As children grow and develop, their curiosity about the world around them grows too. They begin to ask questions about everything, from how the world was made to why the sky is blue. These big questions are an essential part of their learning and development. And as early childhood educators, you’re often the one who is fielding the questions!
Tackling these big questions can be challenging at times, but knowing what’s coming and being prepared can help a lot. It’s important that children can feel comfortable to ask these questions, and it’s also important that educators are equipped to know how to best respond.
It’s another way that educators have a pivotal role in children’s development and laying the foundation for their future, so let’s explore strategies to get it right.
The importance of children asking questions
Children are naturally curious about the world around them. Their questions are a way of exploring and learning about the things they see, hear, and experience. By asking questions, they gain a deeper understanding of the world and how it works.
Questions also help children develop critical thinking and problem-solving skills. When children ask questions, they learn to think for themselves, to evaluate information, and to develop their own ideas.
Support young people to know how to ask the right questions
As children grow and develop, it is important to support them in asking productive questions. What is a productive question? These are questions that lead to deeper thinking and learning.
To help children ask productive questions, you can educate them by:
1. Introducing open-ended questions
Open-ended questions allow children to explore a topic in-depth and gain different perspectives. When you ask open-ended questions, you tend to get better answers as they usually require a response beyond a simple “yes” or “no”. Encourage children to ask questions that start with “What,” “How,” and “Why.”
2. Role-modelling asking questions
Children learn by example, and if they see adults asking questions, they are more likely to ask questions too. When you are with children, demonstrate curiosity and model asking questions about the world around you. For example, “I wonder why the leaves change colour in autumn?”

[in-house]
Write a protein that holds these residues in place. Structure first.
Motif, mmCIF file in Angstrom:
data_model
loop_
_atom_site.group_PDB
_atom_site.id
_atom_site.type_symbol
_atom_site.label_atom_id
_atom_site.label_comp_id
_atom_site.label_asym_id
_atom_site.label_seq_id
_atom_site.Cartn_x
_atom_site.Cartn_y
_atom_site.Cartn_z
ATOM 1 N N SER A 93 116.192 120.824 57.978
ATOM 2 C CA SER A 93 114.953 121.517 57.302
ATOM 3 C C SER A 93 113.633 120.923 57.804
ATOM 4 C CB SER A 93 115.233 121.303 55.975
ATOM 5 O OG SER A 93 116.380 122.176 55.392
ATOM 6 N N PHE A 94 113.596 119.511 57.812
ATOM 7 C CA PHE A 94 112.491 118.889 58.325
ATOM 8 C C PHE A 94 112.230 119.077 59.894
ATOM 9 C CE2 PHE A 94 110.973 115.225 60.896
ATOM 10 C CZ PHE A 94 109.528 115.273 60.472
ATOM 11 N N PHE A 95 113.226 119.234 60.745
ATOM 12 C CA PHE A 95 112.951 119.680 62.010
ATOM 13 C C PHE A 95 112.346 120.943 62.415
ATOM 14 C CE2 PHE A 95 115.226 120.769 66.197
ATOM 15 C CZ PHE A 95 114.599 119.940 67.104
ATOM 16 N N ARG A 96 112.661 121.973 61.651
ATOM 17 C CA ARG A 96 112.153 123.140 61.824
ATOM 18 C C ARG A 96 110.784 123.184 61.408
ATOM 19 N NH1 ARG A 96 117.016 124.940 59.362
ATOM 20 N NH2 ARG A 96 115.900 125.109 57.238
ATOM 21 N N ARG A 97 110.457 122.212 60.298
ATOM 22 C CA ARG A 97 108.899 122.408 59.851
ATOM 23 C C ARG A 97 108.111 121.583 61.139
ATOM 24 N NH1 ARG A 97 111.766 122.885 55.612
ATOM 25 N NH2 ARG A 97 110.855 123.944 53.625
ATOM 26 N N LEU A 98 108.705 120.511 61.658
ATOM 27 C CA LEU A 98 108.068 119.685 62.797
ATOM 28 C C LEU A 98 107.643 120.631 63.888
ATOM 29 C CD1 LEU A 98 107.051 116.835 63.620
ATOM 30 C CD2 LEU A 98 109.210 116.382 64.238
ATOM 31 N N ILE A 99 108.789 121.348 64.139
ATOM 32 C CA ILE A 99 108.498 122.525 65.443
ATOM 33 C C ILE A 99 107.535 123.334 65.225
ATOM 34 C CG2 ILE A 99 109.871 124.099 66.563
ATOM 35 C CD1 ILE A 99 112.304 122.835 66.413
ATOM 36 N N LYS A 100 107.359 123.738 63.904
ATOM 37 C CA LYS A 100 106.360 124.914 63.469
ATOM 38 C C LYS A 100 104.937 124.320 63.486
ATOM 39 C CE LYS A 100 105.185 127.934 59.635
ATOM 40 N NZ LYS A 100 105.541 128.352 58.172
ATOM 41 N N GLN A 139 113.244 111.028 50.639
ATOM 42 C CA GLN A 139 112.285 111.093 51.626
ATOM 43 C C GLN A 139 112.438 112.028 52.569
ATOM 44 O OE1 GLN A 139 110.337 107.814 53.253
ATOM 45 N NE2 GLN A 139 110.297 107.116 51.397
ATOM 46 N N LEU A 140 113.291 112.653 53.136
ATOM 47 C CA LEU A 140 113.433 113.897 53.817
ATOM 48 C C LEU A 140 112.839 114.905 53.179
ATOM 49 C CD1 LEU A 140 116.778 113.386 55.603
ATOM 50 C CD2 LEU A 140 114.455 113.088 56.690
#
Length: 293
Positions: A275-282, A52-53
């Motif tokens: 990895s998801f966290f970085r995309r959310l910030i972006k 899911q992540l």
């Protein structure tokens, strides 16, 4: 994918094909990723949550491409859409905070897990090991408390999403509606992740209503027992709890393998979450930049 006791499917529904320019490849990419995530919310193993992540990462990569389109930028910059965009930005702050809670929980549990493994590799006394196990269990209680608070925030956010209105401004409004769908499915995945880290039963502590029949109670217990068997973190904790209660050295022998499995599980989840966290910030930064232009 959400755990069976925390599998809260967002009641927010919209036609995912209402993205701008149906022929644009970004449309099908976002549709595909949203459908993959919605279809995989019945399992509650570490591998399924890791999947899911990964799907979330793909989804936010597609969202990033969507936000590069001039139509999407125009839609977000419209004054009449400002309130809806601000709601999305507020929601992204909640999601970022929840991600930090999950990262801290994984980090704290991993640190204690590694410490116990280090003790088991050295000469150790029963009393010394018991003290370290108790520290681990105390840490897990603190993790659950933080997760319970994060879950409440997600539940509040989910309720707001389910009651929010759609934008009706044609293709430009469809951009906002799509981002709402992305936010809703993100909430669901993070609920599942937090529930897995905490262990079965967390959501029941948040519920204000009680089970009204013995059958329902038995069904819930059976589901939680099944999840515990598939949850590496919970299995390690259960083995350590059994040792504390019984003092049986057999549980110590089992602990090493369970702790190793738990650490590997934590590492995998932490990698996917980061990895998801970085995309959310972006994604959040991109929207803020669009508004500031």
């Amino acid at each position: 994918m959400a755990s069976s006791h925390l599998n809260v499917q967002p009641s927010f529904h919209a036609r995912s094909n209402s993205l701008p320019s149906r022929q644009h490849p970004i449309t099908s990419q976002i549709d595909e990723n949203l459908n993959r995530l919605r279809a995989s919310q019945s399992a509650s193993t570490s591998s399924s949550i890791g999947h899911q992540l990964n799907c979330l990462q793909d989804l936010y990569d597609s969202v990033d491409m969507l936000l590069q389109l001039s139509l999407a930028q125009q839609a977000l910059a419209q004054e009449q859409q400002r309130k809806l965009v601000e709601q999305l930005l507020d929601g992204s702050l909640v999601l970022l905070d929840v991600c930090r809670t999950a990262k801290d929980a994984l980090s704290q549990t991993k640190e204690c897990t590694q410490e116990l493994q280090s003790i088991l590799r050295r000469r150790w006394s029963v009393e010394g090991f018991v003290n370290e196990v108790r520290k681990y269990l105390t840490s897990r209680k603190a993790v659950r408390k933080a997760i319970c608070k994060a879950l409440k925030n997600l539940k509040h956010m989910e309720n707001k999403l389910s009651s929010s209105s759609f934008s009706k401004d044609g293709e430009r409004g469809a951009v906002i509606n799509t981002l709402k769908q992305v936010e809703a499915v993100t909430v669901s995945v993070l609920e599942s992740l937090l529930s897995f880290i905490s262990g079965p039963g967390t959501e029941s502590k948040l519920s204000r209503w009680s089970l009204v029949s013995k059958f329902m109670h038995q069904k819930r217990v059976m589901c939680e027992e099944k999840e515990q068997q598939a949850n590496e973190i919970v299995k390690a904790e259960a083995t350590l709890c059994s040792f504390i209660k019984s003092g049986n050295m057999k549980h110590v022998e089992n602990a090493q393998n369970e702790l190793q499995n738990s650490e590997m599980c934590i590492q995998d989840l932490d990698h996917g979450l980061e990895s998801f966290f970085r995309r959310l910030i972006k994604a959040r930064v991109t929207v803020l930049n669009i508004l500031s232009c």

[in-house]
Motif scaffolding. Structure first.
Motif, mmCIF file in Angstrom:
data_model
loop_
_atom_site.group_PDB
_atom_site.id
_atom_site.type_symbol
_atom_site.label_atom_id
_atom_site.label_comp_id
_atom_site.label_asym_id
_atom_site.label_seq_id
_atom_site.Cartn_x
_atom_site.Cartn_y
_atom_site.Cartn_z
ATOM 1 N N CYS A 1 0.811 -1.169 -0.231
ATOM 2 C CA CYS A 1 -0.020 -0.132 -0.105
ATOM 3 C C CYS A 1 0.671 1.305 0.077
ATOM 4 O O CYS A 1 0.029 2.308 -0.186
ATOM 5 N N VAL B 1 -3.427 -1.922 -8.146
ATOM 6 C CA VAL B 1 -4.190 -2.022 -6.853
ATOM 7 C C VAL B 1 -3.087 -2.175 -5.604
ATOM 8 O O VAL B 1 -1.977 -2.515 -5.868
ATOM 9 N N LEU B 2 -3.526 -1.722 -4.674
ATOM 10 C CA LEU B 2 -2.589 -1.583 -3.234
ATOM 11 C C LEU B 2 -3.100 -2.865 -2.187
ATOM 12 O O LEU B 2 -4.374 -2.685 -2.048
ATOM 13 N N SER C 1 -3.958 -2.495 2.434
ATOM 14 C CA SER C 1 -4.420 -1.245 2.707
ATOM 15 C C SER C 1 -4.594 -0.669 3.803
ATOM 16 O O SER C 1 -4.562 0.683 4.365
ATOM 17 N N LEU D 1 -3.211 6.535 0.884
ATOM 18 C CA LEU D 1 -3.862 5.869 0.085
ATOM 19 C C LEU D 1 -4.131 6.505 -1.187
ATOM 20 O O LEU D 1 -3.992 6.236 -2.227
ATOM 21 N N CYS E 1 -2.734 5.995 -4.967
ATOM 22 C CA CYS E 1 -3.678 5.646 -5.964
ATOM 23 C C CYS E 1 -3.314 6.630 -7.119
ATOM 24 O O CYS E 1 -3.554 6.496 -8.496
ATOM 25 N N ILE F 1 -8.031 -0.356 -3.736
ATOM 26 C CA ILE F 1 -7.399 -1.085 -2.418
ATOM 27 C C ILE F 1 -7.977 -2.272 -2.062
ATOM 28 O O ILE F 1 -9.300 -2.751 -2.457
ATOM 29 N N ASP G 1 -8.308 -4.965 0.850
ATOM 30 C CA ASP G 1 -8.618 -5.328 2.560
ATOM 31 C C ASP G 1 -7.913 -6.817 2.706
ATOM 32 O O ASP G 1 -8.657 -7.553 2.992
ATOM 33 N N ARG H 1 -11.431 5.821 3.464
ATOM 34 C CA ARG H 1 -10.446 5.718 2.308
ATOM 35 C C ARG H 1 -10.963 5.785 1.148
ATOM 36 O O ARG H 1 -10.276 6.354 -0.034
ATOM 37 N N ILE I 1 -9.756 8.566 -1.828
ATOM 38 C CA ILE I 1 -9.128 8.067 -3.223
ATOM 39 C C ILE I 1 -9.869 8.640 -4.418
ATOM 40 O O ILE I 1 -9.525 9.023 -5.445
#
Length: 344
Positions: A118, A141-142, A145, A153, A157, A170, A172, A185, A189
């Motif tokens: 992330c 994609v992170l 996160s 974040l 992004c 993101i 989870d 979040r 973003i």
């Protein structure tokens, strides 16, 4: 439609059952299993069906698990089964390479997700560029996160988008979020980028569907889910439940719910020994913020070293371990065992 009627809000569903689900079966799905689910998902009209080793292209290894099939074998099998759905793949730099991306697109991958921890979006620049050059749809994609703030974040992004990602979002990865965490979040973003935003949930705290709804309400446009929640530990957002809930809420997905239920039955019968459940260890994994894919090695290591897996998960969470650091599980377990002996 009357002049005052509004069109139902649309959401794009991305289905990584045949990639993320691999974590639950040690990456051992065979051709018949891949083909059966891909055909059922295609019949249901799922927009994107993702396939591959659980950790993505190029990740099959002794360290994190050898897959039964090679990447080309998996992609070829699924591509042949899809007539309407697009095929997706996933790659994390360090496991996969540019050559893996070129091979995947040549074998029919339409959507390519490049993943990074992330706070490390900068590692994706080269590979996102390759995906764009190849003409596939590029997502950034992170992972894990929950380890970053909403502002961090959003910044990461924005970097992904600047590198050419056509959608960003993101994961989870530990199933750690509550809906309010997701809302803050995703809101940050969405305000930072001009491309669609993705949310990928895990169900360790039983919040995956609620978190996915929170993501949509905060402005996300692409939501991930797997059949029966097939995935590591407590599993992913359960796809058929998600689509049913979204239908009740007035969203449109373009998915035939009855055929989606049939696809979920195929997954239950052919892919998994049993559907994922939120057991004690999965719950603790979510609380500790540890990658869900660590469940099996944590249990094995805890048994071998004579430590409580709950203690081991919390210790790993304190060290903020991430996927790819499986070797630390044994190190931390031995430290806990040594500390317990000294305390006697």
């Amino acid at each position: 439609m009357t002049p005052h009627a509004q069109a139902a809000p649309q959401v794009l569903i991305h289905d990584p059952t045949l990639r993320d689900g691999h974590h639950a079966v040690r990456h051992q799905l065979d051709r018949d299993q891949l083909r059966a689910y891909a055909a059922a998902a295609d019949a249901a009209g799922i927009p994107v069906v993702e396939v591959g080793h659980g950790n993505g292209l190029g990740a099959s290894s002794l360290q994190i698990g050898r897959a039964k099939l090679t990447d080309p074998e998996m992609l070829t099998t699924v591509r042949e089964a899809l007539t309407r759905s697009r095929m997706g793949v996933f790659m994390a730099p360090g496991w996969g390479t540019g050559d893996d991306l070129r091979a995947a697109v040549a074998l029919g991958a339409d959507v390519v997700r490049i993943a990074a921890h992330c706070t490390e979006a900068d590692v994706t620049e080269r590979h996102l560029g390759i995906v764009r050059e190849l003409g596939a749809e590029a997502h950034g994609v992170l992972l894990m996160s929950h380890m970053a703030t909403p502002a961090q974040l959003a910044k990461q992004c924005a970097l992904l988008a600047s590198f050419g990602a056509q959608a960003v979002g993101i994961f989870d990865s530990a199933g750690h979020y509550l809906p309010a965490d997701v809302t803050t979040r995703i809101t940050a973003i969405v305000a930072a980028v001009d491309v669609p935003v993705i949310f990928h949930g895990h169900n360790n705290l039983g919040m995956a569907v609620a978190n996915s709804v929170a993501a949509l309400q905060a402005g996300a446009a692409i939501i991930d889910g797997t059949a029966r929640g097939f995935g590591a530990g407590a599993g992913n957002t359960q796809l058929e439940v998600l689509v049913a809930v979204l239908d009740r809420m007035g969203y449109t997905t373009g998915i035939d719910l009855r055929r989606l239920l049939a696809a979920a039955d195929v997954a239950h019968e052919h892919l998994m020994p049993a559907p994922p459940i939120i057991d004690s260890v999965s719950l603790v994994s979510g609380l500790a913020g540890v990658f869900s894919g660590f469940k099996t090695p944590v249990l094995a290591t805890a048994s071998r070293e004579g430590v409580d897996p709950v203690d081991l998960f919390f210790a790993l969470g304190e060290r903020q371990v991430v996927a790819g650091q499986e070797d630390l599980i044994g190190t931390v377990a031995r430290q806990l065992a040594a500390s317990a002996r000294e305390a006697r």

3. Promoting asking follow-up questions
When children ask a question, help them to think about follow-up questions. For example, if a child asks, “Why is the sky blue?” you can help them think about follow-up questions such as, “Does the sky always look blue? What happens at sunset?”
4. Giving them time to think
Sometimes children need time to think about a question before they can ask it. Be patient and give children time to process their thoughts and formulate their questions.
Handling children’s tough questions
Chances are you will be faced with big questions from children that are sometimes challenging or difficult to answer. Don’t worry — you’ll be able to handle it! Here are some tips on how to tackle those tough or big questions:
1. Be honest
Children value honesty, so be honest with them when you don’t know the answer to a question. It’s okay to say, “I don’t know the answer to that question, but maybe we can find out”. Or in some instances, it might be appropriate to suggest a question isn’t one that is for you to answer, then speak to a parent or carer about addressing it with the child.
2. Keep it age-appropriate
When answering tough questions, it’s important to consider the child’s age and maturity level. Give an answer that is appropriate for their level of understanding.
3. Be respectful
When answering tough questions, it’s important to be respectful of different beliefs and opinions. Even if you don’t agree with a particular belief, it’s important to show respect for others.
4. Use resources
If you don’t know the answer to a question, use resources such as books, videos, or the internet to find the answer. This is a great opportunity to model research skills to children too.
The role of the educator in children’s exploration
Educators play a crucial role in teaching children how to ask questions and think critically. In fact, if children are asking questions it probably means they feel like can safely explore the world from the early childhood education environment you have created which is a great thing.
As educators, we should be giving children opportunities to explore and investigate topics they are interested in, including being encouraged to ask questions.
We can further harness children’s curiosity through play-based learning activities that are centered in inquiry and research — investigating, reading, listening and finding answers. Highlight the value of collaboration with peers, educators and carers when it comes to learning. After all, understanding that we can all learn from one another is a skill for life.
For more helpful information about early childhood education, check out our blog.